Once I get the sleeves finished, I’ll probably also add another “guard” or stripe to the skirt and I can call this gown finished.

August 1, 2017

CoBloWriMo Day 1 – Introduce yourself

Filed under: Uncategorized — Frau Magda @ 10:02 pm
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So a friend is doing a sort of Blog along over on Facebook, a solid month of prompts for costume blog posts. This is my “history” blog, but that includes costuming, so we’ll use this month to get me blogging again about clothes, and then I’ll shift back to history (because it will be faire season by then and the Guild with be doing its thing).


So, day one is “introduce yourself”. Who am I? I’m a history nerd. I’ve been in love with history, especially historical costume, since I was a little kid. Proof!


When I was helping my parents to pack up and move their house, I saved some of my childhood books. These are two of them. I hadn’t quite realized how far back my love of costume went until I saw these again. The Ladybug book is copyright 1965 (I know, I’m dating myself. I R OLD.) and the Instant Picture book is copyright 1967. Although I’m sure we bought it later than that, as I did a really neat job on the transfers. Nobody is upside down or out of place.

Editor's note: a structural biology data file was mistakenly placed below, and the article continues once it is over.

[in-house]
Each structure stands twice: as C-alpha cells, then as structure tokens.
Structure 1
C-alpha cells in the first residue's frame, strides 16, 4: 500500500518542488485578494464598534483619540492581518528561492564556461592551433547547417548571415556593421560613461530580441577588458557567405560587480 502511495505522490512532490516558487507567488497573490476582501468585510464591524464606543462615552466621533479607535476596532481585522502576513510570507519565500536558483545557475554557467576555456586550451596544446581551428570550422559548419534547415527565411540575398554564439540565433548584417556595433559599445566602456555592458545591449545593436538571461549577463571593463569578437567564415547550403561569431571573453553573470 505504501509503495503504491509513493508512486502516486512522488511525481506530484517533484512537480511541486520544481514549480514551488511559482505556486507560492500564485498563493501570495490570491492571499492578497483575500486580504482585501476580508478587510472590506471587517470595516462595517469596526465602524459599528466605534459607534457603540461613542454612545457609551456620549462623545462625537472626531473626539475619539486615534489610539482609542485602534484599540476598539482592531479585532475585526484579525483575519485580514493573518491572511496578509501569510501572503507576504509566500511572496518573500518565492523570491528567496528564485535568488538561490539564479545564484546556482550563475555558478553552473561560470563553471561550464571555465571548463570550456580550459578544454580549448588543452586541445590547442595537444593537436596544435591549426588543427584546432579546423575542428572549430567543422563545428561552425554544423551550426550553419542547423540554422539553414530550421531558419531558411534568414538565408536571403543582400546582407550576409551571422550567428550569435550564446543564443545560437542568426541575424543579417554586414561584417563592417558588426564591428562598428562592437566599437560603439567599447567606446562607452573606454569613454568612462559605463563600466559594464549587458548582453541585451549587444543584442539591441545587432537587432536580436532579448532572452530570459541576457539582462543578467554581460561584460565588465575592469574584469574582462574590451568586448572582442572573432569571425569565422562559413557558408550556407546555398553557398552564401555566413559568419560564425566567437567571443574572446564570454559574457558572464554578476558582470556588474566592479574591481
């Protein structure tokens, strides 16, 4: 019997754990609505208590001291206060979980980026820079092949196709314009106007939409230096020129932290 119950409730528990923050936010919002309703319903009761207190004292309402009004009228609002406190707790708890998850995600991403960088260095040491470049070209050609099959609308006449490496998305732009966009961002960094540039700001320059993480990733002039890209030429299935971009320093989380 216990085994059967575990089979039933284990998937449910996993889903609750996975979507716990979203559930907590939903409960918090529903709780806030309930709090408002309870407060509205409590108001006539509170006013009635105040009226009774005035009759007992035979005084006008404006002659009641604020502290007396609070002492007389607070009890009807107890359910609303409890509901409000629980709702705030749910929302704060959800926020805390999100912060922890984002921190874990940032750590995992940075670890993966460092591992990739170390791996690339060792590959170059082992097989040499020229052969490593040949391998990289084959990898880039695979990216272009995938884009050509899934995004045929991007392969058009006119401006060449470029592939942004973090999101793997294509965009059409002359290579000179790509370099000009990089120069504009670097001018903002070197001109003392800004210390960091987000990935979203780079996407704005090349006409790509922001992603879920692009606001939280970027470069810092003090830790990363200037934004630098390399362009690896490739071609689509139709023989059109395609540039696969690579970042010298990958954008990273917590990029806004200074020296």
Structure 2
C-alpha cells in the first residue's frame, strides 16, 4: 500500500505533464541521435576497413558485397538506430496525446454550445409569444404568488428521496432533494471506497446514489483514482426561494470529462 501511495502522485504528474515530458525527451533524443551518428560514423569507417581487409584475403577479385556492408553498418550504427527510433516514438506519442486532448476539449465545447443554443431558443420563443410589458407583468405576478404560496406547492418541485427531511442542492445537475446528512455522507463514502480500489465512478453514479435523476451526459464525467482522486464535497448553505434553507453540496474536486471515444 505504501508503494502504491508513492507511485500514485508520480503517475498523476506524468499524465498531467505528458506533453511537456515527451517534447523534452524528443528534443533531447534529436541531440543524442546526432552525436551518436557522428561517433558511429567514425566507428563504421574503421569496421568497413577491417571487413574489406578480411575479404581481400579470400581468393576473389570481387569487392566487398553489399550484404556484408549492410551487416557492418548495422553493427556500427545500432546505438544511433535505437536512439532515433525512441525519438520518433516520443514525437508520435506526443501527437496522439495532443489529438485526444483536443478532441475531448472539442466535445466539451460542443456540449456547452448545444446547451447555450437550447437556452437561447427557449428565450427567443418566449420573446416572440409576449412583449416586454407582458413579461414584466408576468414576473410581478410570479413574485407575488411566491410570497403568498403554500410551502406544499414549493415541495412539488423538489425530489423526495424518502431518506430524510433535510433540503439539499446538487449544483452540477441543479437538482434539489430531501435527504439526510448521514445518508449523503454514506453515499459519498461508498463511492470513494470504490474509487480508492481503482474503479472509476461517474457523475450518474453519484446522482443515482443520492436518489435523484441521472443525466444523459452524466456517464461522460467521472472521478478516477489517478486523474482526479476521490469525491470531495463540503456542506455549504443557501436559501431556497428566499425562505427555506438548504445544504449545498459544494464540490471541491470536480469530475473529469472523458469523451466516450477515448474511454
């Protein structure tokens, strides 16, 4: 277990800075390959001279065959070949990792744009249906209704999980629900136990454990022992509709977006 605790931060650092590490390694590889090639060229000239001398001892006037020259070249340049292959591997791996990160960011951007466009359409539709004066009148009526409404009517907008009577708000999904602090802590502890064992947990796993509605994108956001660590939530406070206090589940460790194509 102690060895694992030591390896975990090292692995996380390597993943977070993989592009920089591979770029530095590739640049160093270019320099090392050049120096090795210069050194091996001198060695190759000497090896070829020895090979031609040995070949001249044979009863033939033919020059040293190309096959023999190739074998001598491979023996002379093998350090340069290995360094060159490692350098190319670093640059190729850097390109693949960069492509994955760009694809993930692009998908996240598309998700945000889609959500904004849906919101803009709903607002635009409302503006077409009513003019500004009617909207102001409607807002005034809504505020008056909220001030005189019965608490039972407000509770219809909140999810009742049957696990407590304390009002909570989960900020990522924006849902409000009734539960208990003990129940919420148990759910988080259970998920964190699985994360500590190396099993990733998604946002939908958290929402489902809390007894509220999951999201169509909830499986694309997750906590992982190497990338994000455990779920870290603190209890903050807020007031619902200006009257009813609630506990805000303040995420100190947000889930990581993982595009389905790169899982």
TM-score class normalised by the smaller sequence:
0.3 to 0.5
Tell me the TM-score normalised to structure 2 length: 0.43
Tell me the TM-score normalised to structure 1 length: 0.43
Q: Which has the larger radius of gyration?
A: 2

I loved the middle ages when I was a kid. I devoured stories like The Door in the Wall and all the Narnia books. And I loved the clothes. I’ve never been a girly girl, except when it comes to historical clothing. If it’s got complicated underwear, I probably love it!

When I was in college, I met my Wasband at a Star Trek convention, and he took me to my first Renaissance Faire (King Richard’s Faire in Carver, MA). I found out that his roommate had made him a smashing set of black and red Elizabethans, so the night before we were supposed to go I hit the fabric store and whipped up a simple T-tunic and cape because I didn’t want to be the only one in our group in a t-shirt and jeans. And I’ve been dressing up and going to faire ever since. That got me started on costuming, and I started sewing my own pieces, as well as buying things at faire. We were also attending Star Trek conventions, so there was some science fiction costuming going on as well. We split up in 2002. And in 2003 I started working faire, as a squire for an armored combat group.

And in 2009 we formed a historical reenactment Guild. Since that time I’ve been concentrating less on fantasy type clothes and more on historical costumes. Our reenactment guild focuses on the 16th century Bavaria/ Holy Roman Empire. But I also do a bit of 18th century, 1920s, and I’ve recently added a 19-teens suffragist to my closet.

Other than a trimester of home economics in middle school, I’m a self taught sewer. So I probably have all sorts of bad sewing habits. I do try to pick up sewing books at used book stores, which helps when I’m trying to figure out how to do things. And I am the world’s slowest seamstress, so this month will probably be more about what I hope to do than actual progress I’m making on projects. But it will at least get me thinking about sewing and getting back to the project pile, which is better than ignoring the sewing room.